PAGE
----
Pre-Kindergarten School Program

C5 provides your child and your family with a comprehensive Pre-K program. For the last 13 years, since C5 began implementing its comprehensive philosophy and practices, C5 children have been going on to kindergarten as powerful individual learners and successful group members. They are self-confident, self-sufficient, and have high self-esteem. They also have critical thinking and problem solving skills and typically meet and exceed all of the standard academic and social requirements for kindergarten.

Reporting on classroom and individual learning group activities and progress is frequent and conveyed on our private website and in-person. There are also many opportunities for regular parent and family member involvement in line with each one’s interest, availability, and resources.

Preschool Learning Foundations

Our daily work with your child is influenced in part by the California Department of Education Preschool Learning Foundations and related materials.

The foundations outline key competencies, including the attitudes, skills, and knowledge, that most children can achieve when provided with the kinds of interactions, instruction, and environments that research has shown to promote early learning and development. They are found in abundance at C5 Children’s School.

The foundations can also provide early childhood educators, parents, and the public with a clear understanding of the wide range of capabilities that preschool children can typically attain when given the benefits of a high-quality preschool program.

Orientation to and Preparation for Kindergarten

We work closely with you and your other family members to better understand what to expect from public and private kindergartens and what they expect from children graduating from C5. We work with you and a calendar throughout the year for the various activities related to these expectations.

A quick preview from our 13+ years of experience at C5 is that the public and private school kindergartens greatly appreciate C5’s program and its graduating children and their families, because of our comprehensive and unique program, the preparation that our children receive, the parent participation that parents have contributed, and the rich thorough documentation of it all that families have and can provide.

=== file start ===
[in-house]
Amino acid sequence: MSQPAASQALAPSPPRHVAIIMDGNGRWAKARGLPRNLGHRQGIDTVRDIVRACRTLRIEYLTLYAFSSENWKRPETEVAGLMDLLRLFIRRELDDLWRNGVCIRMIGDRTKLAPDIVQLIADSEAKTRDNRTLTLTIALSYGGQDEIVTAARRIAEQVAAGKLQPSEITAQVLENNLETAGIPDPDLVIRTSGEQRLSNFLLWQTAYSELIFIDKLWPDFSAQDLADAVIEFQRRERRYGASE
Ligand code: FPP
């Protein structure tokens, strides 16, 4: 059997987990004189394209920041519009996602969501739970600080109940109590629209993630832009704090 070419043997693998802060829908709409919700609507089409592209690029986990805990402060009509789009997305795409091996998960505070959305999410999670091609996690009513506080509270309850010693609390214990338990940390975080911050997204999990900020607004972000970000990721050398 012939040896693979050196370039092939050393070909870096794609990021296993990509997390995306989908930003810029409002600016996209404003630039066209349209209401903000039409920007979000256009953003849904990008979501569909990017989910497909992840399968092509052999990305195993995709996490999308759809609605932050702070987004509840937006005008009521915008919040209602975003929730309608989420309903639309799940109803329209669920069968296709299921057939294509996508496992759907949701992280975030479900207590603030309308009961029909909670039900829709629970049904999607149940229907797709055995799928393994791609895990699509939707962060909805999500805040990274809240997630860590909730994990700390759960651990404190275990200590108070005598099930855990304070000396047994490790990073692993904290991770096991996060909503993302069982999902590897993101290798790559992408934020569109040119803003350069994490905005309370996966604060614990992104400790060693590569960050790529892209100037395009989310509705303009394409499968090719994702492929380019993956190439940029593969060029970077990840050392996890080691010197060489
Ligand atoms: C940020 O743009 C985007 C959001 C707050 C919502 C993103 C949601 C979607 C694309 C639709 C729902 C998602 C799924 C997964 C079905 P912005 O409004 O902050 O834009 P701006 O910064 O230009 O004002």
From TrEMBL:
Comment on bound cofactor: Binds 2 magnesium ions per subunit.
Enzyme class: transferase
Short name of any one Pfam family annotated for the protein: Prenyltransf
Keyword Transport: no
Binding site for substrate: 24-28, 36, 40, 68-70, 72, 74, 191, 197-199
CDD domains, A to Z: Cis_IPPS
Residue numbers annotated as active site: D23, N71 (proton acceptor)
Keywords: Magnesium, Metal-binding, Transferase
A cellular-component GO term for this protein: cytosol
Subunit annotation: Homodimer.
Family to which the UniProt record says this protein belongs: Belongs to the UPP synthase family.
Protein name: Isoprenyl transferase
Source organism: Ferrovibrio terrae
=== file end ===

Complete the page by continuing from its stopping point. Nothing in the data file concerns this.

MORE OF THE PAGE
Here are a Few of Our Pre-K Curriculum Components and Approaches

Partnership with Children:

Respectful — Relating to your child as an equal; while in full appreciation of their powers as a learner,  influence as a classroom community member, and potential as a friend and contributor to the learning and development of other children, the staff and other adults, the school, and the broad community

Friendly — Connecting to your child and being considerate, nurturing, gentle, caring, energized, and unfailingly positive

Safe — Providing safe and secure environments, materials, processes, and relationships that support powerful learning and development experiences

Emotionally Accessible — Being so at all times, including during difficulties; continually relating respectfully to your child as an equal partner in a caring and skillful manner

Facilitating Learning — Guiding on and adapting to your child to assist in co-constructing optimal learning experiences and your child making meaning that is powerful, important to them, integrated into their life, and long lasting

Community of Learners: Enhancing your child’s sense of membership in the learning group and implications for action; skills, attitudes, and knowledge involved in being an effective group member; support for peers and peer tutoring; attending to inclusion, understanding, appreciation, sharing power and influence; working toward individual and group goals and objectives; accomplishing desired aims; and renewing as a group

Emergent Curriculum: What comes from your child becomes the curriculum. For example, their inclinations, interests, fascinations, aspirations, temperament, learning styles; and, their current social, emotional, cognitive, and physical state; and, their capacities, family cultures, etc. This provides automatic motivation, sustained energy, and a powerful sense that they are the primary agent of their ongoing learning and development